Iraqi forces eye tougher fight in Mosul’s west
Progress of Iraqi forces sped up this month as they closed in on the river that roughly divides Mosul into eastern and western halves
A crowd of Iraqi officers looked out at the Tigris River Friday from a balcony of Mosul's Nineveh International hotel. Just over three months ago, the men were some 45 kilometers (28 miles) away in a cluster of desert villages on the edge of Nineveh plain.
"Our message to the rest of Mosul's residents is that victory is near," said Lt. Gen. Abdul-Ghani al-Asadi, on a celebratory tour after the city's east was declared largely liberated on Wednesday.
The progress of Iraqi forces, halting at first, sped up this month as they closed in on the river that roughly divides Mosul into eastern and western halves. But that momentum is unlikely to be sustained and the city's western half is poised to be a much tougher fight for the already fatigued forces.
Mosul's west is more densely populated and home to the city's oldest neighborhoods. The United Nations estimates some 750,000 people are still in the city's west, many of them residents of outlying villages that IS fighters led on forced marches up the Tigris River valley as they lost ground there.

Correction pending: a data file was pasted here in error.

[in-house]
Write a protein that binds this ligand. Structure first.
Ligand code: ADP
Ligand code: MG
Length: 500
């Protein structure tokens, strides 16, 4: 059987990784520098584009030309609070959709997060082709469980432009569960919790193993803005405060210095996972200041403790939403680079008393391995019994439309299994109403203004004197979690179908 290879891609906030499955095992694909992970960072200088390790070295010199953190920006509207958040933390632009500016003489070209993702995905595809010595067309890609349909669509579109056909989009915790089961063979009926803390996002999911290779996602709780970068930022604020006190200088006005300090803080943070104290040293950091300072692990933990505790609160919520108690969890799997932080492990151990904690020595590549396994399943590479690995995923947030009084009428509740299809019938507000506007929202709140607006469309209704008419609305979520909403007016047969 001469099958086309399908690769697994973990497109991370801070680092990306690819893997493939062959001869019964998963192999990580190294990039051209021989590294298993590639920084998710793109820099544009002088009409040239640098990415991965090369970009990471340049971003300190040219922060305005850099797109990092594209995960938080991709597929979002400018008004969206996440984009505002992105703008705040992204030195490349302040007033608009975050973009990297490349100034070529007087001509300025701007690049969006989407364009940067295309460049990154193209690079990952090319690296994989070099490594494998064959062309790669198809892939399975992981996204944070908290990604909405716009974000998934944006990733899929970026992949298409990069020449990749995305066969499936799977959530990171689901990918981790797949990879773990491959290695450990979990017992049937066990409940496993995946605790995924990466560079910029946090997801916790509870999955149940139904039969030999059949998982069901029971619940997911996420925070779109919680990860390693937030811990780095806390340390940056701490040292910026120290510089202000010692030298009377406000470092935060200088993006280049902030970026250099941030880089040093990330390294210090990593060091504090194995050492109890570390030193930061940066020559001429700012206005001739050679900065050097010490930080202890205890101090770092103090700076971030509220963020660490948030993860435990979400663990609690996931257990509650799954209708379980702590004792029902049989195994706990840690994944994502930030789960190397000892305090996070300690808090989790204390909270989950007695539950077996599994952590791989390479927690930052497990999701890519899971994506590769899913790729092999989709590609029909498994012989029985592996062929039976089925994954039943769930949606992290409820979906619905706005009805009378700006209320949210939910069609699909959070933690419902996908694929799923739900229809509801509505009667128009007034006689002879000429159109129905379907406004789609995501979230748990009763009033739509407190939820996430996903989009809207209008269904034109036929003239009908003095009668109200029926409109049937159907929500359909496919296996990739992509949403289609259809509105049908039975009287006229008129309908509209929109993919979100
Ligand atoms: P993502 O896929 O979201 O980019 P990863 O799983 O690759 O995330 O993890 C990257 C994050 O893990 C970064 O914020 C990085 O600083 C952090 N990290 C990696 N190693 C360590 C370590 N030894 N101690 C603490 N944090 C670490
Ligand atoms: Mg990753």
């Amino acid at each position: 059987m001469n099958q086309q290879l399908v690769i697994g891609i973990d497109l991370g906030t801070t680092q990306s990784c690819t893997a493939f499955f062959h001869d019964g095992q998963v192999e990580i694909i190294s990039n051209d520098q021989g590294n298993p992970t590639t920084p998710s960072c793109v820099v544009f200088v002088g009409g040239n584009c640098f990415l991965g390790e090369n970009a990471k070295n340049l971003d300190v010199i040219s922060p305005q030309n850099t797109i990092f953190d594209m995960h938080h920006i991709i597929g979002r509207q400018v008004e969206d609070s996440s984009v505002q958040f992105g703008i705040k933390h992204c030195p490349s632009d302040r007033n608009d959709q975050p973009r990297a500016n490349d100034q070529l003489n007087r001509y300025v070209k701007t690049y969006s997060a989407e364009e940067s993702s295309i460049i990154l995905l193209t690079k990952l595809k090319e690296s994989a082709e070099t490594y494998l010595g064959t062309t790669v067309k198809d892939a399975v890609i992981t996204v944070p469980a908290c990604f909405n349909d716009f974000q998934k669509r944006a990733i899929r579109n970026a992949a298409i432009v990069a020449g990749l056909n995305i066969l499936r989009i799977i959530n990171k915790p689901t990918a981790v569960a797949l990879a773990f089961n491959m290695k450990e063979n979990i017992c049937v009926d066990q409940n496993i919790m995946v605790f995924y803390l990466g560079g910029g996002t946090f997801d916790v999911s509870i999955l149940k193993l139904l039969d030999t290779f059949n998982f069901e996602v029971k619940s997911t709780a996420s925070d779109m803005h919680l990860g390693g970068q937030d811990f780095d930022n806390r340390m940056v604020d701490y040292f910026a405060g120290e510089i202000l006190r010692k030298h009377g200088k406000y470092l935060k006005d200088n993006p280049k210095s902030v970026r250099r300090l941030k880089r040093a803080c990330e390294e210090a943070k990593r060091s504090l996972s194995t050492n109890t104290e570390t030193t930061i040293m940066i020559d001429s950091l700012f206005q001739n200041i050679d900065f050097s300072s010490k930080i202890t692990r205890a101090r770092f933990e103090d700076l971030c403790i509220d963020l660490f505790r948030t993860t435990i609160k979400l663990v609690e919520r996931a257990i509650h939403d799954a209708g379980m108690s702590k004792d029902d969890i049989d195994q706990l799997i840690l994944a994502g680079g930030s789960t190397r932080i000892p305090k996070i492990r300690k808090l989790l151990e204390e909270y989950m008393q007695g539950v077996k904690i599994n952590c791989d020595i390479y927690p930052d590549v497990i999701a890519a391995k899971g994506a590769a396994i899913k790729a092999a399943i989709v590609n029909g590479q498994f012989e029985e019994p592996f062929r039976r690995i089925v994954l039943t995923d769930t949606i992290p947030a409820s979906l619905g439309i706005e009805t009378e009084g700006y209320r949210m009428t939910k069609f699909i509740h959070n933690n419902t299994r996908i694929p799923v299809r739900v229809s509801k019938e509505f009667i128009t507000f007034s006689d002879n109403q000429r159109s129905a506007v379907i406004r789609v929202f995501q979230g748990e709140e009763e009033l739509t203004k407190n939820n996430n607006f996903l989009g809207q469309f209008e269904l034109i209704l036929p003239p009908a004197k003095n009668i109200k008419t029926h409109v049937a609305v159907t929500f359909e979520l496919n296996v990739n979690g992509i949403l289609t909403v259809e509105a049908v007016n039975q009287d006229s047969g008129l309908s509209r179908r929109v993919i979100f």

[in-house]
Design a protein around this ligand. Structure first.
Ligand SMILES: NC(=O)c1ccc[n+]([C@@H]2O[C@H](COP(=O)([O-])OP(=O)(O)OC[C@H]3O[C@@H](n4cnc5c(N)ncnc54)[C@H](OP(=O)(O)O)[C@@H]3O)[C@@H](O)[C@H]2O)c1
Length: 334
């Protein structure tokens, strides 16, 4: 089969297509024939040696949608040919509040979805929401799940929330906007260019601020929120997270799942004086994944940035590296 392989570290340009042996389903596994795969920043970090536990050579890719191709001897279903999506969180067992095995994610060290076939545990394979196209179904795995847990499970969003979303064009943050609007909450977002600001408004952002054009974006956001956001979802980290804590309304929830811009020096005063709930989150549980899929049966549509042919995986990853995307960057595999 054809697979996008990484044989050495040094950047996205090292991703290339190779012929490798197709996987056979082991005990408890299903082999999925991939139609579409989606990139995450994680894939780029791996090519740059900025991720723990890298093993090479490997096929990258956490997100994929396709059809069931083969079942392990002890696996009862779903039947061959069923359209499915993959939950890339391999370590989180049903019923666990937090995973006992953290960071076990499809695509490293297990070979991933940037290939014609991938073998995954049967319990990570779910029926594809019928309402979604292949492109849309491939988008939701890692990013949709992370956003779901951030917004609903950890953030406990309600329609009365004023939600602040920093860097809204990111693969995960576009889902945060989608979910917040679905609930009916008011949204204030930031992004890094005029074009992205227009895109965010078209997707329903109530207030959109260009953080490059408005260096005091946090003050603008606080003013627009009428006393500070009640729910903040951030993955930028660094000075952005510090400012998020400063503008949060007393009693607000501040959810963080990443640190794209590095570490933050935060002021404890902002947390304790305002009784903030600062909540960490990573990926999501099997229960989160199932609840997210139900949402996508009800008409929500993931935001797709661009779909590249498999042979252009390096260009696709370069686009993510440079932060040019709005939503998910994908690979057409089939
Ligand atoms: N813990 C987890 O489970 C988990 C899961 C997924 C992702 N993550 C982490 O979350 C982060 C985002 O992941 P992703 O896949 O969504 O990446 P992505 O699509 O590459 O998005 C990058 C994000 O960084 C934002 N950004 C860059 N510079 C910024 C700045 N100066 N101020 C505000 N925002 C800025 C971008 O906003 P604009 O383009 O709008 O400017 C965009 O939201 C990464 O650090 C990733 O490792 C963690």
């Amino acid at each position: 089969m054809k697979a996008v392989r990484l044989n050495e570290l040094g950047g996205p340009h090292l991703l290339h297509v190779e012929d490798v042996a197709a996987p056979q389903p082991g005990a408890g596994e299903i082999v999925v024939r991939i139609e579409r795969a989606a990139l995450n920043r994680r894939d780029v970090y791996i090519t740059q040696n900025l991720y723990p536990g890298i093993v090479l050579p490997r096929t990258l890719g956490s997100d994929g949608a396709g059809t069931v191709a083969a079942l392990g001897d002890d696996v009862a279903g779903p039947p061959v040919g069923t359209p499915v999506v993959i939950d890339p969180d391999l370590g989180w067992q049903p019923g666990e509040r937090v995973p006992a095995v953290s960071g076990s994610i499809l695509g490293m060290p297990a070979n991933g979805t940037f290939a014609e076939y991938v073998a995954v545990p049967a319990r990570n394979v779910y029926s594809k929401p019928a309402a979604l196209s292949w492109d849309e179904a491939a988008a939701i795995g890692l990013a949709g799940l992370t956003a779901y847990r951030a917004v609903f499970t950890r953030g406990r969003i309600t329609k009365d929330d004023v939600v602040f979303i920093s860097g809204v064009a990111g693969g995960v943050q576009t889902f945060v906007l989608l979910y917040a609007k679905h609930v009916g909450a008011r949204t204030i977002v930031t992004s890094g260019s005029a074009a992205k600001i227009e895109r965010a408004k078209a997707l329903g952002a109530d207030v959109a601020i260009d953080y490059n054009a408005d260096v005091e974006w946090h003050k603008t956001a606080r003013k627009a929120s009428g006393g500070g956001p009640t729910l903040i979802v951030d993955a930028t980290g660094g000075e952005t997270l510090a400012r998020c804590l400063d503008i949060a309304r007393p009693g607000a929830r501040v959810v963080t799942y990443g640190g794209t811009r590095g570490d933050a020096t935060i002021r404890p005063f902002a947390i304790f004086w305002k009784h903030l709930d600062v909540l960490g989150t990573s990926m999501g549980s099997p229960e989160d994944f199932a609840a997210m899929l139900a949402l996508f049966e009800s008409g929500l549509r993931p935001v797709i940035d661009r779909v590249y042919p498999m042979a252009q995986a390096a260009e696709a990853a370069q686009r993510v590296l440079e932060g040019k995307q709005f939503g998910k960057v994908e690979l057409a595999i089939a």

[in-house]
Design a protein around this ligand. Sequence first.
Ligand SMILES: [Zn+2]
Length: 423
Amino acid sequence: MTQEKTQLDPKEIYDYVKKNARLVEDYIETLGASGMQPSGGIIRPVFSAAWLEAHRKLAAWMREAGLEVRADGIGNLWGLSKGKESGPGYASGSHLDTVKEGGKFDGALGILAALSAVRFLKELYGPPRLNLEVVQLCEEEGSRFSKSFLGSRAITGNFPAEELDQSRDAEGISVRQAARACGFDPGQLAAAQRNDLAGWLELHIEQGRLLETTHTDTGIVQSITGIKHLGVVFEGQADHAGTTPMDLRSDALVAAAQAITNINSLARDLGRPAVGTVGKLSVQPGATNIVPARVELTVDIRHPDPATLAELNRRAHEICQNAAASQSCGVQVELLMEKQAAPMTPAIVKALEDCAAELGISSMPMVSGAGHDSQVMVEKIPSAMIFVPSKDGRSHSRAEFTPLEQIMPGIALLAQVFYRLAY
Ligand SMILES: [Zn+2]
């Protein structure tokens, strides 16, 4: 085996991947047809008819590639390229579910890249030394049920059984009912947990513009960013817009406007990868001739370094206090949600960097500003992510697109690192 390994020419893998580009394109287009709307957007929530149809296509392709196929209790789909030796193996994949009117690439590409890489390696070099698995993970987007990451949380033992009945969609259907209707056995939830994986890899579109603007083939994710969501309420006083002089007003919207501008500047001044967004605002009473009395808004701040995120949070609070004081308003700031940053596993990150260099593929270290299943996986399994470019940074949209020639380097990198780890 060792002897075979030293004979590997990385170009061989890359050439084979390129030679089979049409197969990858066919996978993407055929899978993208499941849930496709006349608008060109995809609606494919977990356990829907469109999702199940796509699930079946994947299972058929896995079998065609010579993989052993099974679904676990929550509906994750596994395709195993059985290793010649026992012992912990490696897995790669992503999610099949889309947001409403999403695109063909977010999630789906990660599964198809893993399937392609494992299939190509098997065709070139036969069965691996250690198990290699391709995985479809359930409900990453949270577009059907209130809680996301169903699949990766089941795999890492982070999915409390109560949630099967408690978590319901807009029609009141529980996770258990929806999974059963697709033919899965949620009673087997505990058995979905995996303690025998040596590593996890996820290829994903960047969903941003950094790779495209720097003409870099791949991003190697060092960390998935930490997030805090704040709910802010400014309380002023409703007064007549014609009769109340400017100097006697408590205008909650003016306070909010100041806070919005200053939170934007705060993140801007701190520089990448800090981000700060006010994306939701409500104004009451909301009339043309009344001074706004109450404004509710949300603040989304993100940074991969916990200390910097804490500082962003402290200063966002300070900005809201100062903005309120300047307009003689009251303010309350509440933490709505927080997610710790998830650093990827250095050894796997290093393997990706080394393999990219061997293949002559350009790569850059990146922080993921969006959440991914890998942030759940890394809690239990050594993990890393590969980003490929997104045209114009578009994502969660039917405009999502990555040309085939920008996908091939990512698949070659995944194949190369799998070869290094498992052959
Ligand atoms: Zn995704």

Maj. Gen. Joseph Martin, the commander of coalition ground forces, credited the swift progress with greater coordination between Iraq's disparate security forces that allowed Iraqi ground troops to push back IS by launching coordinated attacks.
"They're attacking the enemy from multiple directions and the enemy cannot react," he said.
However, Iraqi ground forces largely credit their victories to thinning IS defenses and nighttime raids across front lines aimed at taking out key local militant leadership. Iraq's special forces first began carrying out such raids in Fallujah with close coalition support. In Mosul, as progress stalled, coalition forces moved deeper into the city in part to aid in the nighttime operations, according to an Iraqi officer who spoke on condition of anonymity as he was not authorized to brief the press.
Iraqi troops have also experienced similarly high casualty rates; Irbil hospital officials and Iraqi medics working inside Mosul estimate that more than 1,600 Iraqi troops have been injured or killed during the Mosul operation. The number excludes Kurdish forces known as the peshmerga who participated in the initial stages of the fight.
Special forces private Sahil Najim, a 37 year-old from Wasit province in southern Iraq, said in his company alone, more than 30 men have been killed in the last three months.
"This is our duty," Najim said, "so of course it is worth it. But we still feel sorrow, how could you not?"